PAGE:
Prenatal exposure to betamethasone, but not dexamethasone, significantly reduced the risk of cystic periventricular leukomalacia, a major cause of cerebral palsy, reported Dr. Olivier Baud of Antoine Beclere University Hospital in Clamart, France, and his associates.
Little has been known about the prophylactic effects of glucocorticoids against periventricular leukomalacia (N. Engl. J. Med. 341:1190-96, 1999).
In a retrospective study, the rate of periventricular leukomalacia was 4.4% among 361 infants whose mothers had received betamethasone and 11.0% among 164 infants whose mothers had received dexamethasone.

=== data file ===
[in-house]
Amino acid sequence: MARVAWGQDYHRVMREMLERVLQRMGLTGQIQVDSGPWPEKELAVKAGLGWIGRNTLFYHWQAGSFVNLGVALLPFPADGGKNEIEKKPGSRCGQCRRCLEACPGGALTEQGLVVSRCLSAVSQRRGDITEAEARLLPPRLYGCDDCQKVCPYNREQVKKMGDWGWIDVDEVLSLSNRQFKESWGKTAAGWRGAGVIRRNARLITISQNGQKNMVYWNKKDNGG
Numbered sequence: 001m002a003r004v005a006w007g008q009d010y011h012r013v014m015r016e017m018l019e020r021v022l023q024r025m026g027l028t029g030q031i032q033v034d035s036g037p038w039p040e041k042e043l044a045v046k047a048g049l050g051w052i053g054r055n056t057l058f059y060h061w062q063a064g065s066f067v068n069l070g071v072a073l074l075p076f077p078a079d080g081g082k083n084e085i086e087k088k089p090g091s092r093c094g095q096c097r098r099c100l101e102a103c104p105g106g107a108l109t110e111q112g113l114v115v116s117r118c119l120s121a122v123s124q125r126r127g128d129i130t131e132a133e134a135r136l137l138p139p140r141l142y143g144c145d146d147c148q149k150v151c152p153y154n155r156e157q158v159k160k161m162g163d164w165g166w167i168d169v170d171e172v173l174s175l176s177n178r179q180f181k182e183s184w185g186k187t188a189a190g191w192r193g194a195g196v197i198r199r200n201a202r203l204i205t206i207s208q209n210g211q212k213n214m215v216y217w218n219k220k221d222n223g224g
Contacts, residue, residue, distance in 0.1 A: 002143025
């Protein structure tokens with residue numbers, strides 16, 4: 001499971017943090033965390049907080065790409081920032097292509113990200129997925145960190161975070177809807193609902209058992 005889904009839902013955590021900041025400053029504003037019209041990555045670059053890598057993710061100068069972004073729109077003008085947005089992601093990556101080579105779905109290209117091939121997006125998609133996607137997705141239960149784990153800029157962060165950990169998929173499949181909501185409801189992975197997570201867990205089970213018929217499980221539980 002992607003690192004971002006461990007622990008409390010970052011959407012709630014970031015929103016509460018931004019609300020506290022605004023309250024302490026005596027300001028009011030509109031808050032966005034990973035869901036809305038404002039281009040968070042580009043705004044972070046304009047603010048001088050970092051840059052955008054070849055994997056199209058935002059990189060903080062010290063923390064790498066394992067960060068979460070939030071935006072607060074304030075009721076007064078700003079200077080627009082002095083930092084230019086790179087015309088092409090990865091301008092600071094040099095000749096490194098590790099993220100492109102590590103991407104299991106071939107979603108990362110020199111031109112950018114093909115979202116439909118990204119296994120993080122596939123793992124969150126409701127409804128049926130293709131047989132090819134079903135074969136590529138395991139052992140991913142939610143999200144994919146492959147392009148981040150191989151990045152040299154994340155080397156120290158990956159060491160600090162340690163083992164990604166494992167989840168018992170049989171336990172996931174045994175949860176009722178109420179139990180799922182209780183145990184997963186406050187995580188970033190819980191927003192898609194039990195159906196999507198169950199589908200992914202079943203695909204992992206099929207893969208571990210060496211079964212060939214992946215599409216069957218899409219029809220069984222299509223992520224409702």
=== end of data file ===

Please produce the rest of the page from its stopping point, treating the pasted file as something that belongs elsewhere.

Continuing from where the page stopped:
The women received steroids because they were considered to be at risk for preterm delivery
The rate was 8.4% among 357 infants whose mothers received neither glucocorticoid.
After adjustment for covariates such as gestational age, delivery mode, and the presence of chorioamnionitis, infants whose mothers had received betamethasone had a 0.5 odds ratio of developing periventricular leukomalacia, compared with infants whose mothers did not receive glucocorticoids. Infants whose mothers had received dexamethasone had a 1.5 odds ratio.
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